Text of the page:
After lunch, we explore some of the more technical skills of mountaineering. Instruction will be given on tying an assortment of knots and prussiks. After this, we develop rope work skills: coiling, storing and changing the length of the climbing rope. We conclude the day with rope team travel as it pertains to  glaciated terrain. If conditions and time permit, we go for a short glacier tour, winding our way through seemingly bottomless crevasses in both classical and echelon formations. Emphasis is placed on proper rope interval, shortening and lengthening the rope, communication, route finding and hazard assessment.

Day 3

We start the day by demonstrating a variety of snow and ice anchors useful for belaying, running protection, and rescue scenarios. Once students are comfortable constructing a variety of different anchor types and styles, we put it to test.  We fully weight and test all of the student anchors to ensure they are constructed properly and are effective for our intended purpose.

Once all students are well versed in anchor construction, we’ll belay and rappel off of the anchors they construct. We finish off the day by introducing a variety of hauling systems with emphasis on understanding the mechanical advantage each system employs.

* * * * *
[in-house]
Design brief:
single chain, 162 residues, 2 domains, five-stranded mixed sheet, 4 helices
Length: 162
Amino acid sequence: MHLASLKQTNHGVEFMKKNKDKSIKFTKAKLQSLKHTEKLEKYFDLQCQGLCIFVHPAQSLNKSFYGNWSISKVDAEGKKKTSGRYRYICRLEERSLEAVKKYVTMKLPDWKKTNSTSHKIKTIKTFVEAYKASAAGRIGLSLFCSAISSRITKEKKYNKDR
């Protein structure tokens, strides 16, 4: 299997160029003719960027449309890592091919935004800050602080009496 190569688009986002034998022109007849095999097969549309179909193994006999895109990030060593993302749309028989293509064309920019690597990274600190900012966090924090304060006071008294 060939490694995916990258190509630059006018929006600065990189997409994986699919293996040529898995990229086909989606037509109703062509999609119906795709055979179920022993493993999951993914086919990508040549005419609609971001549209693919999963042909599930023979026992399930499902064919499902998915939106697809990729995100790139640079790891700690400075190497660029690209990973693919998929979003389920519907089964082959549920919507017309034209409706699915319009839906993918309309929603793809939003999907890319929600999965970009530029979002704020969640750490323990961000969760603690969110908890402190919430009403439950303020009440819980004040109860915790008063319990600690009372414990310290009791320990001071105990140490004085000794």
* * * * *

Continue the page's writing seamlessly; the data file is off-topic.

Day 4

With the skills developed on the previous days; knots, prussiks, rope handling, anchor construction, belaying and mechanical advantage systems; students should now have the necessary skills and comfort to execute crevasse rescue. Crevasse rescue is an essential skill and considerable time and emphasis will be placed on practicing. First, guides usually have everyone do a “dry” run on the surface but then it is expected that each person demonstrate proficiency in holding a real life fall into a crevasse and preform an actual rescue. Our standard instruction is a 3:1 Z-Pulley rescue system on a 3 person rope team. However, we try to always demonstrate, if not practice, the 2:1 Drop-C on a 2 person rope team as well.

At this time, students also have the opportunity to practice ascending out of a crevasse, on their own with the use of their prussiks. This gives a much more realistic feel of what self-rescue is all about.